A longstanding recognition of eutrophication as the most common threat to the entire Baltic Sea has lead to the international agreement on nutrient load reductions within the Baltic Sea Action Plan. The nutrient load reductions were based on quantitative estimates of the “maximum allowed nutrient inputs” evaluated with a help of the decision support system Nest developed within the MARE (Marine Research on Eutrophication) program.
As demonstrated by a comparison to available data derived from observations, the marine biogeochemical model SANBALTS (Simple As Necessary Baltic Long-Term large-Scale) used in this evaluation is capable to realistically simulate both contemporary and preindustrial trophic states of the Baltic Sea. A key to successful performance of SANBALTS lays in accounting for major sources and sinks that determine the size of internal nutrient pools and, thus, govern the large scale Baltic Sea eutrophication.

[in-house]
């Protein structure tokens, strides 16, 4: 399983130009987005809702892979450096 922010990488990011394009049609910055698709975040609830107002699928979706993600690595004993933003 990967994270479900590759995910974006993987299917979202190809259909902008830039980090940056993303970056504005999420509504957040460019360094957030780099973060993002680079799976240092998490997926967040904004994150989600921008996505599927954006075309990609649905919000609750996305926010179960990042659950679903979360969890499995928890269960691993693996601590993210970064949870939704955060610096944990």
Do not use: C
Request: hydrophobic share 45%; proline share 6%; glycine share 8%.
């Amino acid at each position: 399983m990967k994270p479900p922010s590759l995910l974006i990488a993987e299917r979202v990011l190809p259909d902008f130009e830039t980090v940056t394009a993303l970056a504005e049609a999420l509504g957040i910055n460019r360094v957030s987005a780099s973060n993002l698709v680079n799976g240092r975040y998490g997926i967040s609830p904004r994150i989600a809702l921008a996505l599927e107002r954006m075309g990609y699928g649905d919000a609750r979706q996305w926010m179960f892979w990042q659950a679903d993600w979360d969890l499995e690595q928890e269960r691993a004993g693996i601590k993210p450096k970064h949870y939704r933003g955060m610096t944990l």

The next generation marine models in the Baltic Nest system
In order to further revise and elaborate the BSAP, e.g. taking into consideration indicators required by the EU Marine Strategy Framework Directive (MSFD) as well as the need for higher spatial and temporal resolution, the models in Nest needed further development.
In order to meet these needs, as well as building credibility necessary in the national deliberations and international negotiations, the Baltic Nest Institute has worked hard to further develop the model. Our aim is always to ensure that our model scenarios are publicly available through the decision support system Nest, allowing any interested party running hindcast and scenario experiments as well as visualize its results.
For these purposes, we present here the latest developments of the BAltic sea Long-Term large Scale Eutrophication Model (BALTSEM), which captures the main features of the Baltic Sea eutrophication, and now serves as a next generation marine model in the Baltic Nest system. These results as well as hindcast for 1850-2006 and future scenarios can be reproduced and analyzed on-line. Since BALTSEM performance at long-term scales has already been presented by Eilola et al. (2011a) and Gustafsson et al. (2012), this paper is
especially focused on a seasonal scale.